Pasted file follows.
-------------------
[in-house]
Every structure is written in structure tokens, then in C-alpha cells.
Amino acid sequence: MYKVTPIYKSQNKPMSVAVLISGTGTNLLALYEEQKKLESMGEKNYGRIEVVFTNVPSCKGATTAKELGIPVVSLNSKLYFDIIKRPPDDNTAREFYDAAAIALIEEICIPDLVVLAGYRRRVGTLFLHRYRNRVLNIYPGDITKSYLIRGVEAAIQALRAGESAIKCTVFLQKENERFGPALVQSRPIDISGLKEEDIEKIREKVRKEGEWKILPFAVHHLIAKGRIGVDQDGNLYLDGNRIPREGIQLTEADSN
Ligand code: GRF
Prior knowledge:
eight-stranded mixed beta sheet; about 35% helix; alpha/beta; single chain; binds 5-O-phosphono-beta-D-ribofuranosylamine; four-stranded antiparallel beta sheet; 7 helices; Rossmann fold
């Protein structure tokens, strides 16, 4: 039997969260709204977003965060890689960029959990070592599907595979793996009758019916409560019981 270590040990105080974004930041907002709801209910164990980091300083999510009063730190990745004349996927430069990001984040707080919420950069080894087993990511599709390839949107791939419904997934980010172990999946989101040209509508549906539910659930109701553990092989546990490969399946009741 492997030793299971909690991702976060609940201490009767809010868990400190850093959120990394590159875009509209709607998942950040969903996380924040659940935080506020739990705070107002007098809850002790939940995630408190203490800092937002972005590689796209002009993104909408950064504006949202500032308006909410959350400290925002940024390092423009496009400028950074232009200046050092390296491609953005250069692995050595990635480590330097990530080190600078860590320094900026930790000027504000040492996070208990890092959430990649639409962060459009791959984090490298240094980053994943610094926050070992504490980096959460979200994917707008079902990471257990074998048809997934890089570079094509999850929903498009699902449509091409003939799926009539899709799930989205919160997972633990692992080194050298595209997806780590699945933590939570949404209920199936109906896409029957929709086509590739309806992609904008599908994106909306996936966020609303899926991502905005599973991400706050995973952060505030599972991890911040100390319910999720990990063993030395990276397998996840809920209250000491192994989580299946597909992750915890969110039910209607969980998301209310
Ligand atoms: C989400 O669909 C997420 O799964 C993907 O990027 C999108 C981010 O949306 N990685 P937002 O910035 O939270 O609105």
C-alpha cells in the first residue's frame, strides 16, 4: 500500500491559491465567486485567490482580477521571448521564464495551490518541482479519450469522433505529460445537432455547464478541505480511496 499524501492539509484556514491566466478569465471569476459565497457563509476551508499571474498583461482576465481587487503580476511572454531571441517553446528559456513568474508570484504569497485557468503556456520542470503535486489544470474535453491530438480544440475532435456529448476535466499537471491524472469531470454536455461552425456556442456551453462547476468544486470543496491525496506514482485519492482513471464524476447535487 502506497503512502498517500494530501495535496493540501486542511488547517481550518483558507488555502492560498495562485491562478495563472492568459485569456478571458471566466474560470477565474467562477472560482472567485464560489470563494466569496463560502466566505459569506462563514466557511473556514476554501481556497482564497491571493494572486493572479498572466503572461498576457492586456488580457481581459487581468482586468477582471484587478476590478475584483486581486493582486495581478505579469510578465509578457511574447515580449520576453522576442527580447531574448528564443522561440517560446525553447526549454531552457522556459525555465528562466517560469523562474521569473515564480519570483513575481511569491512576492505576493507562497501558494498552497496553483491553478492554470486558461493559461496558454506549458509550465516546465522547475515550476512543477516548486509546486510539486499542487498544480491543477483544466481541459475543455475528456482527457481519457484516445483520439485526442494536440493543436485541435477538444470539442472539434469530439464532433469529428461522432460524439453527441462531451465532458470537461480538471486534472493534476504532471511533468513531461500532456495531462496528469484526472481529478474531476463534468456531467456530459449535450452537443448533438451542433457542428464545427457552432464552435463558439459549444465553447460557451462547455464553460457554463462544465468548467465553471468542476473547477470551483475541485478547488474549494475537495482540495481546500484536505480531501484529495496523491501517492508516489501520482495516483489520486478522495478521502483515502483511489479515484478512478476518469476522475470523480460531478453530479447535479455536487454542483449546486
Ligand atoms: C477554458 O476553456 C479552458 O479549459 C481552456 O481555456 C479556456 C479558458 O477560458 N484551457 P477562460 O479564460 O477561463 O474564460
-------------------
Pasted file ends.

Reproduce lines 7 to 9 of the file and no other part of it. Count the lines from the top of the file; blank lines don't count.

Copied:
């Protein structure tokens, strides 16, 4: 039997969260709204977003965060890689960029959990070592599907595979793996009758019916409560019981 270590040990105080974004930041907002709801209910164990980091300083999510009063730190990745004349996927430069990001984040707080919420950069080894087993990511599709390839949107791939419904997934980010172990999946989101040209509508549906539910659930109701553990092989546990490969399946009741 492997030793299971909690991702976060609940201490009767809010868990400190850093959120990394590159875009509209709607998942950040969903996380924040659940935080506020739990705070107002007098809850002790939940995630408190203490800092937002972005590689796209002009993104909408950064504006949202500032308006909410959350400290925002940024390092423009496009400028950074232009200046050092390296491609953005250069692995050595990635480590330097990530080190600078860590320094900026930790000027504000040492996070208990890092959430990649639409962060459009791959984090490298240094980053994943610094926050070992504490980096959460979200994917707008079902990471257990074998048809997934890089570079094509999850929903498009699902449509091409003939799926009539899709799930989205919160997972633990692992080194050298595209997806780590699945933590939570949404209920199936109906896409029957929709086509590739309806992609904008599908994106909306996936966020609303899926991502905005599973991400706050995973952060505030599972991890911040100390319910999720990990063993030395990276397998996840809920209250000491192994989580299946597909992750915890969110039910209607969980998301209310
Ligand atoms: C989400 O669909 C997420 O799964 C993907 O990027 C999108 C981010 O949306 N990685 P937002 O910035 O939270 O609105």
C-alpha cells in the first residue's frame, strides 16, 4: 500500500491559491465567486485567490482580477521571448521564464495551490518541482479519450469522433505529460445537432455547464478541505480511496 499524501492539509484556514491566466478569465471569476459565497457563509476551508499571474498583461482576465481587487503580476511572454531571441517553446528559456513568474508570484504569497485557468503556456520542470503535486489544470474535453491530438480544440475532435456529448476535466499537471491524472469531470454536455461552425456556442456551453462547476468544486470543496491525496506514482485519492482513471464524476447535487 502506497503512502498517500494530501495535496493540501486542511488547517481550518483558507488555502492560498495562485491562478495563472492568459485569456478571458471566466474560470477565474467562477472560482472567485464560489470563494466569496463560502466566505459569506462563514466557511473556514476554501481556497482564497491571493494572486493572479498572466503572461498576457492586456488580457481581459487581468482586468477582471484587478476590478475584483486581486493582486495581478505579469510578465509578457511574447515580449520576453522576442527580447531574448528564443522561440517560446525553447526549454531552457522556459525555465528562466517560469523562474521569473515564480519570483513575481511569491512576492505576493507562497501558494498552497496553483491553478492554470486558461493559461496558454506549458509550465516546465522547475515550476512543477516548486509546486510539486499542487498544480491543477483544466481541459475543455475528456482527457481519457484516445483520439485526442494536440493543436485541435477538444470539442472539434469530439464532433469529428461522432460524439453527441462531451465532458470537461480538471486534472493534476504532471511533468513531461500532456495531462496528469484526472481529478474531476463534468456531467456530459449535450452537443448533438451542433457542428464545427457552432464552435463558439459549444465553447460557451462547455464553460457554463462544465468548467465553471468542476473547477470551483475541485478547488474549494475537495482540495481546500484536505480531501484529495496523491501517492508516489501520482495516483489520486478522495478521502483515502483511489479515484478512478476518469476522475470523480460531478453530479447535479455536487454542483449546486